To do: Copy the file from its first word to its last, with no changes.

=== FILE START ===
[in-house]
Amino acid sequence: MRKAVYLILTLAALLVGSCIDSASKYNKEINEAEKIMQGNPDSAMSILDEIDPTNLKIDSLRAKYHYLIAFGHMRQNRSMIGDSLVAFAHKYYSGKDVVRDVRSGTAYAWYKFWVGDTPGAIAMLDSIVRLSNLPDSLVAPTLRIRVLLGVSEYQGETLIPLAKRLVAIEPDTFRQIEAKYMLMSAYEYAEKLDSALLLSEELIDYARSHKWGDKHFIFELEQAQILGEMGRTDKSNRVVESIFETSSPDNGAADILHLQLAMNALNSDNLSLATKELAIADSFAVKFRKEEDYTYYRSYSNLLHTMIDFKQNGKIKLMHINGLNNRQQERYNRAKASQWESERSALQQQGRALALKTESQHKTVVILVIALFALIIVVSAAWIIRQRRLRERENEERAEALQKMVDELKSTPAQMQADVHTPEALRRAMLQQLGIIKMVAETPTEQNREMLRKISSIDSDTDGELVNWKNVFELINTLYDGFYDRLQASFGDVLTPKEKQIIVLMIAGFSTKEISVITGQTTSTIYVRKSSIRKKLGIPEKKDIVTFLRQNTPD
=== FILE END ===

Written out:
[in-house]
Amino acid sequence: MRKAVYLILTLAALLVGSCIDSASKYNKEINEAEKIMQGNPDSAMSILDEIDPTNLKIDSLRAKYHYLIAFGHMRQNRSMIGDSLVAFAHKYYSGKDVVRDVRSGTAYAWYKFWVGDTPGAIAMLDSIVRLSNLPDSLVAPTLRIRVLLGVSEYQGETLIPLAKRLVAIEPDTFRQIEAKYMLMSAYEYAEKLDSALLLSEELIDYARSHKWGDKHFIFELEQAQILGEMGRTDKSNRVVESIFETSSPDNGAADILHLQLAMNALNSDNLSLATKELAIADSFAVKFRKEEDYTYYRSYSNLLHTMIDFKQNGKIKLMHINGLNNRQQERYNRAKASQWESERSALQQQGRALALKTESQHKTVVILVIALFALIIVVSAAWIIRQRRLRERENEERAEALQKMVDELKSTPAQMQADVHTPEALRRAMLQQLGIIKMVAETPTEQNREMLRKISSIDSDTDGELVNWKNVFELINTLYDGFYDRLQASFGDVLTPKEKQIIVLMIAGFSTKEISVITGQTTSTIYVRKSSIRKKLGIPEKKDIVTFLRQNTPD